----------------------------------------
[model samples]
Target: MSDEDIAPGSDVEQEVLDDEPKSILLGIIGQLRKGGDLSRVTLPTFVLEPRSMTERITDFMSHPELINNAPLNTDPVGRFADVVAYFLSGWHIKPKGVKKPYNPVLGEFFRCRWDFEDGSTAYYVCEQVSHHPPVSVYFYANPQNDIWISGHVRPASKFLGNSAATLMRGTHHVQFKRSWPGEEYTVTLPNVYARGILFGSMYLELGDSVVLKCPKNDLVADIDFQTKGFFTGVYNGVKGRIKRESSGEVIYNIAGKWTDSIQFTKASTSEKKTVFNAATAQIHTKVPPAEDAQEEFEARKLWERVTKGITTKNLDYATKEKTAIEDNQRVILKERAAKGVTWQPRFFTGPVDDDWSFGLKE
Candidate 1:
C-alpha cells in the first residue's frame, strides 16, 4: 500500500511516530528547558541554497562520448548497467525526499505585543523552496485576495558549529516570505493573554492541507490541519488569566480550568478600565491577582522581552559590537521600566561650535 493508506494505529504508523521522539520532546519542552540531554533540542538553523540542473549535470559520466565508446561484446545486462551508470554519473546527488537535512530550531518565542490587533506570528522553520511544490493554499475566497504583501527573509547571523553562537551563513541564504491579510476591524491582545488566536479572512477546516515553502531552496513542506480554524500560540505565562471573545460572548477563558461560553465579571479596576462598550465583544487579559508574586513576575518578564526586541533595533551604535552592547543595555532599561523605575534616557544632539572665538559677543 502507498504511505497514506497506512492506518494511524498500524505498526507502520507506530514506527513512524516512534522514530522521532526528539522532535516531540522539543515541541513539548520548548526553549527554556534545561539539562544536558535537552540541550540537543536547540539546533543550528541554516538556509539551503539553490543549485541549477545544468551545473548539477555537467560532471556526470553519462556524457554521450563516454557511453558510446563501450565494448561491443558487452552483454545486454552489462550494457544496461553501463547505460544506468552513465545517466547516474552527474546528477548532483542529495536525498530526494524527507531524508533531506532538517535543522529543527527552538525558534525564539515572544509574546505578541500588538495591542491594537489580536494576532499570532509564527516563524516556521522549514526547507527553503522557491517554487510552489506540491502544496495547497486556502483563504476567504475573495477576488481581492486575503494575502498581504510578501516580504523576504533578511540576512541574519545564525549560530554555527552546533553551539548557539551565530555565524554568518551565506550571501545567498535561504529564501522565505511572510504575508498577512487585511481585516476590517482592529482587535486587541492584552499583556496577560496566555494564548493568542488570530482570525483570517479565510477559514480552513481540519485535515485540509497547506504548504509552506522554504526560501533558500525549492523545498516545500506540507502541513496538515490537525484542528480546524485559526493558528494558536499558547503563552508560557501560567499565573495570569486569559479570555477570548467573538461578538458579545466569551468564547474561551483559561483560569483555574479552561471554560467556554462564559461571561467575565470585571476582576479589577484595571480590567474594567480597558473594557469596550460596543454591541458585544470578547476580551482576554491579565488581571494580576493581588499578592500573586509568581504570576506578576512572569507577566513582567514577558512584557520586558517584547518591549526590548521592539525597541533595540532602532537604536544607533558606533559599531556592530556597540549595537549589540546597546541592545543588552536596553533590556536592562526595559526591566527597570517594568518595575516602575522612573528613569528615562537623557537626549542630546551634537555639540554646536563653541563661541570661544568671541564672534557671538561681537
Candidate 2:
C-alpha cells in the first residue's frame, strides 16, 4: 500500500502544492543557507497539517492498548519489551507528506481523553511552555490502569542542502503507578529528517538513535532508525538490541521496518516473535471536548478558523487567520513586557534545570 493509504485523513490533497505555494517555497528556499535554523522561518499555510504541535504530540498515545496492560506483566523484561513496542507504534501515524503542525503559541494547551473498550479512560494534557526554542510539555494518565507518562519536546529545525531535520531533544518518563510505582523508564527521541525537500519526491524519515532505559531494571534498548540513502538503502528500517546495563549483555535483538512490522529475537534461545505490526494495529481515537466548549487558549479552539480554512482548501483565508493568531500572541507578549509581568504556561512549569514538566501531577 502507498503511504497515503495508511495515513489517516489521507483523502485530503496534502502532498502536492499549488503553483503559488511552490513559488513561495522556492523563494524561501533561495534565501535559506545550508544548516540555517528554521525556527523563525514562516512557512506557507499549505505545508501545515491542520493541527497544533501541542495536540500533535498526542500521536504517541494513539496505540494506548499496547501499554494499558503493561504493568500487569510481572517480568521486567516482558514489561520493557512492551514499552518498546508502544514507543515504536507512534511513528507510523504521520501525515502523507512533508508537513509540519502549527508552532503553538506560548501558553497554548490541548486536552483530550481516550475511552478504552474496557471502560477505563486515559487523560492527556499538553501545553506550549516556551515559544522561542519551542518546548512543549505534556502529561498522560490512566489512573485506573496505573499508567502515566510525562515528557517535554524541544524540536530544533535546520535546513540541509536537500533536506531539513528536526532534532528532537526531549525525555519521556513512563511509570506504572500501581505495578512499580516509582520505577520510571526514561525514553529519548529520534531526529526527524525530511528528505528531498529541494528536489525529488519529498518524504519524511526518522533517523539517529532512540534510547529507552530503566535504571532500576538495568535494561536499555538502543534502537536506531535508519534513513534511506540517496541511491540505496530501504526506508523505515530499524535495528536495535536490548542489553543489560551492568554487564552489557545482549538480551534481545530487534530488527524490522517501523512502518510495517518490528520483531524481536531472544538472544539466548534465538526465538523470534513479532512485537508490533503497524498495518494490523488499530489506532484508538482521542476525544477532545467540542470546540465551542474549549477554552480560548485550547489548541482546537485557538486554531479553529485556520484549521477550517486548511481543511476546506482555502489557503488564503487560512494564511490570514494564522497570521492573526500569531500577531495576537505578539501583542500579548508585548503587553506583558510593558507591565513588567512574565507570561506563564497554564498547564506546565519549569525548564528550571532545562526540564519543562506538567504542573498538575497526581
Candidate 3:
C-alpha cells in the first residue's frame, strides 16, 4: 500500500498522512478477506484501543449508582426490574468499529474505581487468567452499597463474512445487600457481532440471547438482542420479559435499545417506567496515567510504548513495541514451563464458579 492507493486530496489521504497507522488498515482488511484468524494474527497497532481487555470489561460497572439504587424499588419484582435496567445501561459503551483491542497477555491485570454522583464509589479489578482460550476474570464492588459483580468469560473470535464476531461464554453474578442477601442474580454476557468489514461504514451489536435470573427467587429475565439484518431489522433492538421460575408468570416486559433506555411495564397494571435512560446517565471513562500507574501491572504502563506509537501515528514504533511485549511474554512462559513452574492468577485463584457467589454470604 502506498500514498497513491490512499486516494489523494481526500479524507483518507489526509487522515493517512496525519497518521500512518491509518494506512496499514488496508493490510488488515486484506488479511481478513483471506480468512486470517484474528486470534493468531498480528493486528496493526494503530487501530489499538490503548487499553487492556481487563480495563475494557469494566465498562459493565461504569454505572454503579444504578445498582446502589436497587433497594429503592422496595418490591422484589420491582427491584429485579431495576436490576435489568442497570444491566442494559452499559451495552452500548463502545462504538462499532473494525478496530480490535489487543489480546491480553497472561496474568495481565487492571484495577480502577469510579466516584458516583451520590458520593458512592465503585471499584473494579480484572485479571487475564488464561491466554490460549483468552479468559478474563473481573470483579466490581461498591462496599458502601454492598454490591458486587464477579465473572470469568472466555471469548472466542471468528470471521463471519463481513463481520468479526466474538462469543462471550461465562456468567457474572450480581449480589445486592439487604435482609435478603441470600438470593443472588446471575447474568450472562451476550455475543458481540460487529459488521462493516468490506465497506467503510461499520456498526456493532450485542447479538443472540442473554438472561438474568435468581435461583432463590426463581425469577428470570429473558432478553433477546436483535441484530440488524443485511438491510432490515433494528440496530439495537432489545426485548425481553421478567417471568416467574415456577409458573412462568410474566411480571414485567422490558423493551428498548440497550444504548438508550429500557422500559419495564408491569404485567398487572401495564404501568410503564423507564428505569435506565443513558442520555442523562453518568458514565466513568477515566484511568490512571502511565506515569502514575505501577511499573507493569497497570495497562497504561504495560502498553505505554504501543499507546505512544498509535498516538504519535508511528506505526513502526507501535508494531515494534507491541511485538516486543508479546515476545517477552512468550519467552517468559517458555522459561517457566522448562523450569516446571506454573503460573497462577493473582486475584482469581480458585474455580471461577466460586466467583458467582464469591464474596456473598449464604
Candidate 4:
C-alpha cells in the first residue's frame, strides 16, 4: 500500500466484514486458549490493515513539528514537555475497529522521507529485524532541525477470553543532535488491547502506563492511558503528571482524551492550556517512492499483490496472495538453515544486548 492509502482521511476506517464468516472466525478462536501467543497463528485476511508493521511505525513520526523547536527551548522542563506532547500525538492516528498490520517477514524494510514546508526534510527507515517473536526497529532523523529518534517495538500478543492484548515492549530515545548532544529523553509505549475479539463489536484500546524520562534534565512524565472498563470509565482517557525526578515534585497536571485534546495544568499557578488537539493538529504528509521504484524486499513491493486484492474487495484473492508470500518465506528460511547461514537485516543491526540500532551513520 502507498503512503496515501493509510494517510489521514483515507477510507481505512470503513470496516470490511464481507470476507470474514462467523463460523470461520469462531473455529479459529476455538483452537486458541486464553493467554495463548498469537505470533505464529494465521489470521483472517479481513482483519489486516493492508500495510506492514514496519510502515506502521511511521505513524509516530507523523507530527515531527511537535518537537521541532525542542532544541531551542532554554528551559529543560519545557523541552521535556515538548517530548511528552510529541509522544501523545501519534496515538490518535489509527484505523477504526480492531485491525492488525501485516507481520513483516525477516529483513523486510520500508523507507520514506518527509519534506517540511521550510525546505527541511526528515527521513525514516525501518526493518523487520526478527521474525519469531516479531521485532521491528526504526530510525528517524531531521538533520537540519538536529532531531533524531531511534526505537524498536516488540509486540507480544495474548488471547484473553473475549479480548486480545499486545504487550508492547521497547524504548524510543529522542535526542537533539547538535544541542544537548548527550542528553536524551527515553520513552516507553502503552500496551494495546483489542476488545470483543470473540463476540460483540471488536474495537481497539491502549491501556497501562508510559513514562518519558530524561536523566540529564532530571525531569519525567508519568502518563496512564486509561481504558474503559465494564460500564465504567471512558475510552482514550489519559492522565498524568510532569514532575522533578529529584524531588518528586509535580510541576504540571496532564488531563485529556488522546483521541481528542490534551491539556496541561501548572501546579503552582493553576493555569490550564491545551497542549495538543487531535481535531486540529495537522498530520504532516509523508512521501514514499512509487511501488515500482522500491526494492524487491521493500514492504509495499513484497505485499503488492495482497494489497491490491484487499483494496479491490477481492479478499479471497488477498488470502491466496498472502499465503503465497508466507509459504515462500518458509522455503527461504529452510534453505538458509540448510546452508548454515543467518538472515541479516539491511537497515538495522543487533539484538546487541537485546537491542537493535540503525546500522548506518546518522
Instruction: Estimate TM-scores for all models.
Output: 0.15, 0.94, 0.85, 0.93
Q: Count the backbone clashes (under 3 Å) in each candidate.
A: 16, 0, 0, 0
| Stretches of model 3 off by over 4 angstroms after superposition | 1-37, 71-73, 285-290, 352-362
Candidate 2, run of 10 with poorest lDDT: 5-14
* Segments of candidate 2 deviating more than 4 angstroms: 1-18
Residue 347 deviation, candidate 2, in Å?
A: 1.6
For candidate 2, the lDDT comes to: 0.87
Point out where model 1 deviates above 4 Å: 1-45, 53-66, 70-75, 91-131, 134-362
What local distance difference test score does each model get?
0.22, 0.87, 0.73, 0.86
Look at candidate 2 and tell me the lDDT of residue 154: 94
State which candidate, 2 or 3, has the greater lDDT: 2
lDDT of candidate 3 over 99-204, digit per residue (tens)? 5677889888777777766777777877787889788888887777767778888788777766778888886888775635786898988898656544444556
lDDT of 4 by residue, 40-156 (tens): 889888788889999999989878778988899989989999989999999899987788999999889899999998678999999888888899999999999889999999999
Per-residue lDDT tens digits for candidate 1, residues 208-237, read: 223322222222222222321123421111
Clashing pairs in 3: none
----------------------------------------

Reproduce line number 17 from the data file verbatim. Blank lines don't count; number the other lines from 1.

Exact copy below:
* Segments of candidate 2 deviating more than 4 angstroms: 1-18